"Truth uncompromisingly told will always have its ragged edges." Herman Melville.

PITTSFIELD — The Berkshire Museum is unlike any other in the Berkshires and even farther away. I am grateful for the unique role this community museum plays for our families. If you've visited or perused their programming, you can appreciate its singular contribution, worthy of support.

My opinions on the matter of selling art to build an endowment were formed in the following ways: I participated in the museum's energetic focus group process; am a daughter of a founder of the Norman Rockwell Museum watching its growing pains and volunteered as an NRM board member for 10 years; was professionally employed by the Isabella Stewart Gardner Museum as it went through its planning process to build an expansion — an idea that, for many, was contrary to the very specific vision of its founder yet ended up with enhanced public programming, increased visitors, as well as a stronger, financially secure institution. I've shouldered those trustee and staff responsibilities, participated in those difficult conversations and now encourage people to take a moment to walk in the shoes of this museum's leadership.

A donor drought

It's instructive to look at the research published by Williams College's Center for Creative Community Development (C3D) — Stephen Sheppard and Kay Oehler that I delved into as board chair of Berkshire Creative and 1Berkshire board member. Key findings of their (2012) Update on Non-Profits in Berkshire County that are of particular importance to our creative economy include:

"The number of non-profits per resident is higher in Berkshire County than Massachusetts; it is more than double that of the U.S .In 2008 there were 27.0 non-profits in Berkshire County per 10,000 population, compared to 17.1 in Massachusetts and 11.7 in the US . Of the public charities (excluding Tanglewood and Bard College at Simon's Rock), 74 were `culturals'." Also, "Over the past 12 years, the non-profit sector has seen a 54 percent increase in the number of organizations in Berkshire County"; and, "In 2008, there were 2.0 times as many arts and cultural non-profits in Berkshire County as in 1996."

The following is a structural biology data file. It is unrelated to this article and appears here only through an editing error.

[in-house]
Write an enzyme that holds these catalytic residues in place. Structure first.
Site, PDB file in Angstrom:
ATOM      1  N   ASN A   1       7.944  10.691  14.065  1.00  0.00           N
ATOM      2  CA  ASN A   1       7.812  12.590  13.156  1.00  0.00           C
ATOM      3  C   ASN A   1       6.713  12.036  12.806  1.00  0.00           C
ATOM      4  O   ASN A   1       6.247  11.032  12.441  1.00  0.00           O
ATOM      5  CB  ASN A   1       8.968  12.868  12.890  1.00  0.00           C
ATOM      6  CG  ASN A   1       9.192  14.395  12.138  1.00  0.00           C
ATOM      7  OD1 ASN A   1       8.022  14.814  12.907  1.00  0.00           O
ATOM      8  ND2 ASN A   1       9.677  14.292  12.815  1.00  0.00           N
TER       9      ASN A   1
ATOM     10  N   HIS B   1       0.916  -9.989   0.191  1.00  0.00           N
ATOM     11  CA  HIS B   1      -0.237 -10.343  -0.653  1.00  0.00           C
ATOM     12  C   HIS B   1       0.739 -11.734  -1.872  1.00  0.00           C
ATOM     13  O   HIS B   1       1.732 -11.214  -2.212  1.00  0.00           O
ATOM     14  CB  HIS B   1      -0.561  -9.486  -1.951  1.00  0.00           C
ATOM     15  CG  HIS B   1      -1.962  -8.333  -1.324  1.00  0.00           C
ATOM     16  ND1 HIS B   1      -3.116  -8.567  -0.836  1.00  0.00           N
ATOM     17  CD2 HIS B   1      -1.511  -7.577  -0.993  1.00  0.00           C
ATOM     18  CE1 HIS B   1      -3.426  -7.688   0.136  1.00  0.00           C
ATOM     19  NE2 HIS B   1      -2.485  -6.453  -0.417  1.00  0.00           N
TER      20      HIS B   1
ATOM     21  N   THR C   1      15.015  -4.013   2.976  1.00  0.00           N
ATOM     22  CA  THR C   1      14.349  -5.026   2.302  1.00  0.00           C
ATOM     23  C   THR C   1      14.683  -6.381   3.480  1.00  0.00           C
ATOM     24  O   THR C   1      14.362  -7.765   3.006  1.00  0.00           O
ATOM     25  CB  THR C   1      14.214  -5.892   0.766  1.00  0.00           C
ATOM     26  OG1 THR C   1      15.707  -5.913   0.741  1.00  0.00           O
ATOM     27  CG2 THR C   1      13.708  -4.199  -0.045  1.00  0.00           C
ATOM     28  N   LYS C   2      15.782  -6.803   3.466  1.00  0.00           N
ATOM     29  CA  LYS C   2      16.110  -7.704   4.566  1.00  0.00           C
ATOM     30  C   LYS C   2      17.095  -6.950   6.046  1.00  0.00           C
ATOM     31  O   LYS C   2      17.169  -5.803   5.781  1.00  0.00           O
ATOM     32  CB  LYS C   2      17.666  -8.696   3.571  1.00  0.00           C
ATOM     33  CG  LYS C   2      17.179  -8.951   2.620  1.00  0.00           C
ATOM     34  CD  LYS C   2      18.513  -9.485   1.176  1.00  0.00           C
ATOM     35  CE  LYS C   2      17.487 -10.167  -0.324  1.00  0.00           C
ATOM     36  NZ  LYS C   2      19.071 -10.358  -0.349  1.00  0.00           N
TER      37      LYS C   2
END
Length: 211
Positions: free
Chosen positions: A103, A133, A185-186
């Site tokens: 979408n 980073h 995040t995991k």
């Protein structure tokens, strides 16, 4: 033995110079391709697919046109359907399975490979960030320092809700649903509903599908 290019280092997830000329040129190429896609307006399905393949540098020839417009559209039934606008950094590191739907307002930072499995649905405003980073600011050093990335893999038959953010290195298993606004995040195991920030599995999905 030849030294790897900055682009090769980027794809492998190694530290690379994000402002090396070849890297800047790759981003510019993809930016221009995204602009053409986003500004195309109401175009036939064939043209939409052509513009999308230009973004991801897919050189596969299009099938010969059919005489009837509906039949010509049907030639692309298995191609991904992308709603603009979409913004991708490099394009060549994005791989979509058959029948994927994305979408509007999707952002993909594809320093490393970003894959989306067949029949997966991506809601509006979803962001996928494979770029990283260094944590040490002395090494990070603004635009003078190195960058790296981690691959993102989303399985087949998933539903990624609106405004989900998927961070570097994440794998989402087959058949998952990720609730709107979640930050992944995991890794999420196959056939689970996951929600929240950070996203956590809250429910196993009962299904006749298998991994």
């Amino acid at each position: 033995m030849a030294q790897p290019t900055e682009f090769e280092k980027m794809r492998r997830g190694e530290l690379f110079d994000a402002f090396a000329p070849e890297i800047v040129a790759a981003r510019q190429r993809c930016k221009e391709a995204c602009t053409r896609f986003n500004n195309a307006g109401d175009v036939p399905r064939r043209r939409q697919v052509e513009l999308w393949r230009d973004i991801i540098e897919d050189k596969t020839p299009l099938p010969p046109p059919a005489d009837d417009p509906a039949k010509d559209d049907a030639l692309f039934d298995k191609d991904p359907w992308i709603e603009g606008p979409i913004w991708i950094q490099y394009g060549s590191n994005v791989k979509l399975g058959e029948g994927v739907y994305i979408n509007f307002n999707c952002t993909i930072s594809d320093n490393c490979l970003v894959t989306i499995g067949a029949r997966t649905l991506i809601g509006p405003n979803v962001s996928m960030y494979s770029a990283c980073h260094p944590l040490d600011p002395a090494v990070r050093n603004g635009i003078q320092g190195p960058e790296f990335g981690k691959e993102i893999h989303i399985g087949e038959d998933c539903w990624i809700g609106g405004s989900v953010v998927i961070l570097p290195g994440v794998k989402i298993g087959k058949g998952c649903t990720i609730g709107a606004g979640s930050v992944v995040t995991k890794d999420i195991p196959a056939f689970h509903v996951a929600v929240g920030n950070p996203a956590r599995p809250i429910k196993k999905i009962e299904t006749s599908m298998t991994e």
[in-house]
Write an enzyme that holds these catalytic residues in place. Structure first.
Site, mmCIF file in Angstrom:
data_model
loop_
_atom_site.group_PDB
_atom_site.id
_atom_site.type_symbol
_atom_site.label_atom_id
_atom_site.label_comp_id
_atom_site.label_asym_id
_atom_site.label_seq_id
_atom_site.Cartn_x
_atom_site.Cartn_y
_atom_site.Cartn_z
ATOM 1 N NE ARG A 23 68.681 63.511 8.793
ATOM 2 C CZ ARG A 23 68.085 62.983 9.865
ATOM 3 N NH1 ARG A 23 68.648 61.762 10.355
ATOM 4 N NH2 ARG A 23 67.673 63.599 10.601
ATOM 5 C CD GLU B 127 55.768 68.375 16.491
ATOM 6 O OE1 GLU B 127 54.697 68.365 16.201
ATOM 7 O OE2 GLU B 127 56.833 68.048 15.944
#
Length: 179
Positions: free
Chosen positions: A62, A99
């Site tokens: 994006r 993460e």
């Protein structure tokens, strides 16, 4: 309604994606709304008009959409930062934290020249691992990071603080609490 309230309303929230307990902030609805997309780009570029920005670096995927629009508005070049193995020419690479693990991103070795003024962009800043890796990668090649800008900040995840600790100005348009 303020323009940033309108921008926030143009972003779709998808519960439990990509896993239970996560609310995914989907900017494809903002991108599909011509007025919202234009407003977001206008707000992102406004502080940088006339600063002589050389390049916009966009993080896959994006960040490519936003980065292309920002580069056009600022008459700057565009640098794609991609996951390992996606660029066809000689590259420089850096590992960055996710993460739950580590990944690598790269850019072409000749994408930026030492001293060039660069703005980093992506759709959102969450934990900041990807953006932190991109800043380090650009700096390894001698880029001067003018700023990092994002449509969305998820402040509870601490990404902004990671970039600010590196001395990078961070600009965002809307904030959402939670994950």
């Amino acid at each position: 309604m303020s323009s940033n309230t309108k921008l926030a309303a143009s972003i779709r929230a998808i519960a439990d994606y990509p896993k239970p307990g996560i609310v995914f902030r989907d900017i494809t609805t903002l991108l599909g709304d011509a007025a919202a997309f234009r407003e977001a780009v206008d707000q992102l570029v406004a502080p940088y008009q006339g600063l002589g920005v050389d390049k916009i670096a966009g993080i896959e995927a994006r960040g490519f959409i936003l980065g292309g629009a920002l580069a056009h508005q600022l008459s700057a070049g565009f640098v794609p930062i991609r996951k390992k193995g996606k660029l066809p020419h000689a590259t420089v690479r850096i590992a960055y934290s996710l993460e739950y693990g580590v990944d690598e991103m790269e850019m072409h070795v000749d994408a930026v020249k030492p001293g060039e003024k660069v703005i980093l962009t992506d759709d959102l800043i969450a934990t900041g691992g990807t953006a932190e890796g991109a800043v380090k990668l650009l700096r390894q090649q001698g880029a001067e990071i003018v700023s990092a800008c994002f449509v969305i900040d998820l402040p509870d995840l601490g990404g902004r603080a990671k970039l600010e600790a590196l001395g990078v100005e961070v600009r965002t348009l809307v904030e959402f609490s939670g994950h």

For those who suggest museum leadership go back to the drawing board and find ways to raise a sustaining endowment, check into the reality outlined in the research above showing that competition from a comparatively small number of people for non-profit donations is fierce, especially among cultural organizations. I hear understandable expressions of loss but not any concrete, viable alternative solutions for building endowment.

The gut-wrenching challenge of raising funds, for just annual operations in the face of extremely limited sources of revenue, is an extremely difficult task. Few museums in our community are capable of or have created `pure' endowments - producing income only for operating expenses — to secure long term financial stability. I am confident that a clear-eyed, realistic assessment of the current state of affairs and options was fully explored by the museum's leadership.

Perhaps what we're witnessing is the morphing of a beloved community institution carving its own path out of necessity, challenging convention and facing threatened `punishment' from many quarters, in order to serve the demonstrated community needs from a strong financial footing.

Others, financially strapped and unable to create a sustainable financial future in an ever constricted revenue source present and future, have a more difficult road to travel. The Berkshire Museum isn't looking for a fight, rather survival and it surely wants to retain and attract supportive friends.

While there are few public voices in support of relaxing the "deaccessioning" position of cultural associations, Mother Jones put a fine point on the argument in 2016 in response to a sale of art by the Delaware Museum. " it is hard to understand why art museums alone among all the institutions of mankind, should be required to never sell anything they own."

Admirable fortitude

The bottom line is that the museum is fortunate to be able to make a case for and take action, while trying to educate the public about its reality and pushing against the head winds. The museum knows that this is a national issue reflecting the often unpleasant controversy, as well as support, we are witnessing locally. I'm proud of the fortitude in its process as well as the opening of the door for a local and broad rational (hopefully) and realistic conversation about change in the face of necessity and reality.

As we've learned from the national discourse, let's listen and appreciate another's point of view and agree to disagree with mutual respect. I'll stand with the museum because I have confidence in its decision-making process and know that, in the end, we'll have a stable institution that even better serves the community in ways that invites an interdisciplinary experience, as was envisioned by its founder who also valued institutional sustainability.

Catherine B. Deely is former board chair, Berkshire Creative; former board member of 1Berkshire; former trustee of Norman Rockwell Museum (10 years); former board chair, Los Angeles Arts Loan Fund; former marketing director, Isabella Stewart Gardner Museum.